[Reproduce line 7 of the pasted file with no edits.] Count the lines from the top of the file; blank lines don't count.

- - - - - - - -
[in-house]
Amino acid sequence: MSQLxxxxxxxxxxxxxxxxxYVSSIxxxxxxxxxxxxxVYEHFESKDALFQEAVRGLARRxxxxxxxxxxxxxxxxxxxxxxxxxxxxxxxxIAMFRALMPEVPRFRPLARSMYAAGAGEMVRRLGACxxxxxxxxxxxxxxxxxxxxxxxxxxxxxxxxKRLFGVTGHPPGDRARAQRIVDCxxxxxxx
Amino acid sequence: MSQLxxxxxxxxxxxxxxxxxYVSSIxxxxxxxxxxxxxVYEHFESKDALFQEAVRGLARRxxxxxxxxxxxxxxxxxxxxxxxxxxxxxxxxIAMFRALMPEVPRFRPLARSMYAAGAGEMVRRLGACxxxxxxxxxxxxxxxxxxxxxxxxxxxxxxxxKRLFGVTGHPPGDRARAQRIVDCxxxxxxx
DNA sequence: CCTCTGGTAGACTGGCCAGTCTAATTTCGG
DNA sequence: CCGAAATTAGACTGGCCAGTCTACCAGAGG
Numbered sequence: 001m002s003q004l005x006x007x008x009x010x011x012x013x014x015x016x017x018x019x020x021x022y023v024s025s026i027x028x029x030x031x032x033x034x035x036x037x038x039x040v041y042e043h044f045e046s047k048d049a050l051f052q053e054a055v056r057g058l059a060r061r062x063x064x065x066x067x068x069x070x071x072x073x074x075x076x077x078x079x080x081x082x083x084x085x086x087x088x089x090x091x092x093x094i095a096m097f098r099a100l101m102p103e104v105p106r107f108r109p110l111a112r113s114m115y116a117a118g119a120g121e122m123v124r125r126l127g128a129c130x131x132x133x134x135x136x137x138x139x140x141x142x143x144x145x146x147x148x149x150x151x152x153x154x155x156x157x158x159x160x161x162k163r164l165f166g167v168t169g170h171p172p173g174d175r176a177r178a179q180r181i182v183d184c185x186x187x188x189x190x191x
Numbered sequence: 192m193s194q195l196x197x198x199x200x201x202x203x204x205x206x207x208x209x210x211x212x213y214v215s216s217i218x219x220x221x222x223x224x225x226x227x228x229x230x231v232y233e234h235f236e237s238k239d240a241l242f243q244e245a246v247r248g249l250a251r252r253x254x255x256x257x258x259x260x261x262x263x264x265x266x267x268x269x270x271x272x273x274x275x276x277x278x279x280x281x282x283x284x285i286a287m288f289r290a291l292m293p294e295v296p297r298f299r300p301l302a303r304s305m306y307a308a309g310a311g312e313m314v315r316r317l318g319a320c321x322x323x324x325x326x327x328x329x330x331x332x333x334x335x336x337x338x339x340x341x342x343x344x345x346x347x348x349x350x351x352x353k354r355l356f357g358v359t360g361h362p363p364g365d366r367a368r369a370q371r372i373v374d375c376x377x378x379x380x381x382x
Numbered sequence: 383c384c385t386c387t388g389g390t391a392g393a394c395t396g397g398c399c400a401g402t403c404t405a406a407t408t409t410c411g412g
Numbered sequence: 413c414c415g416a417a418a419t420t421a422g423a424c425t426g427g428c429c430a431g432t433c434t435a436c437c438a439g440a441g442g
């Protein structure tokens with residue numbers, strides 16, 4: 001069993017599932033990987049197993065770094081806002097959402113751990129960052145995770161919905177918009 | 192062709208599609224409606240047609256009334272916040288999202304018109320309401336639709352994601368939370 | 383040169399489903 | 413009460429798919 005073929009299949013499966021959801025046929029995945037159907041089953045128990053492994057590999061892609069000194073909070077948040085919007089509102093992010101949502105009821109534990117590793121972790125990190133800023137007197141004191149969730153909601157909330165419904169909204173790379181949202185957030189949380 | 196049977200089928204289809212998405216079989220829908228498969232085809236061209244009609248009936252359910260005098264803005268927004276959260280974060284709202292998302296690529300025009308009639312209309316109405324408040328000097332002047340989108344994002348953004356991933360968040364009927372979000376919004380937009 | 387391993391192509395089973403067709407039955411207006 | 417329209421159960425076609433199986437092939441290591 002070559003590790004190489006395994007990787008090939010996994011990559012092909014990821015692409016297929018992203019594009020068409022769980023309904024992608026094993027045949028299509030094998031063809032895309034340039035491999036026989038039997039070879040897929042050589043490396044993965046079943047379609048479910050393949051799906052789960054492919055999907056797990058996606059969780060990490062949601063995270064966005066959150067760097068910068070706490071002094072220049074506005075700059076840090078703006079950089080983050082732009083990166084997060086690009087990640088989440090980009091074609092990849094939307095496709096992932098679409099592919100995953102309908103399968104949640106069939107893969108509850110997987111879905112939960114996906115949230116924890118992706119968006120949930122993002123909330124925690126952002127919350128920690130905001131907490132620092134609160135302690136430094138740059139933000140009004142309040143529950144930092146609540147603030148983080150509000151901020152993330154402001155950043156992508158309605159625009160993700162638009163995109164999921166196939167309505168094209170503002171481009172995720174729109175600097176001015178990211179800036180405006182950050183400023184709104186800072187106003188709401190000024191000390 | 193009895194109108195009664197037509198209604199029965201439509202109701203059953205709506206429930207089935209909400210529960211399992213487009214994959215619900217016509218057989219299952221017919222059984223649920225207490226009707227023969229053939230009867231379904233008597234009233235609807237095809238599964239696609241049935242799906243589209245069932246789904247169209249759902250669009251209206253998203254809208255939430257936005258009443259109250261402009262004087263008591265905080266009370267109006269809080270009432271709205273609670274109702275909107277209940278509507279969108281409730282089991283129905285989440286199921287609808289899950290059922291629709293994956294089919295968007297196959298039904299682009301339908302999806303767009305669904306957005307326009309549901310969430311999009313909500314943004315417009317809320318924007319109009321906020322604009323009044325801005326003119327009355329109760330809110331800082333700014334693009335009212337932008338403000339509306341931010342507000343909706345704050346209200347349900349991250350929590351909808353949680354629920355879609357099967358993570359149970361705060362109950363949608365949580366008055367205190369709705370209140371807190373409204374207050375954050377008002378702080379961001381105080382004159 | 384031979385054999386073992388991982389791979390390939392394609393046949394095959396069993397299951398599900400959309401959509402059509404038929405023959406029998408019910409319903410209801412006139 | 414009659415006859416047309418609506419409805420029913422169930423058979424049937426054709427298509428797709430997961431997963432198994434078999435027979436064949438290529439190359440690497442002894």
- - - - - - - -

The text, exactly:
Numbered sequence: 192m193s194q195l196x197x198x199x200x201x202x203x204x205x206x207x208x209x210x211x212x213y214v215s216s217i218x219x220x221x222x223x224x225x226x227x228x229x230x231v232y233e234h235f236e237s238k239d240a241l242f243q244e245a246v247r248g249l250a251r252r253x254x255x256x257x258x259x260x261x262x263x264x265x266x267x268x269x270x271x272x273x274x275x276x277x278x279x280x281x282x283x284x285i286a287m288f289r290a291l292m293p294e295v296p297r298f299r300p301l302a303r304s305m306y307a308a309g310a311g312e313m314v315r316r317l318g319a320c321x322x323x324x325x326x327x328x329x330x331x332x333x334x335x336x337x338x339x340x341x342x343x344x345x346x347x348x349x350x351x352x353k354r355l356f357g358v359t360g361h362p363p364g365d366r367a368r369a370q371r372i373v374d375c376x377x378x379x380x381x382x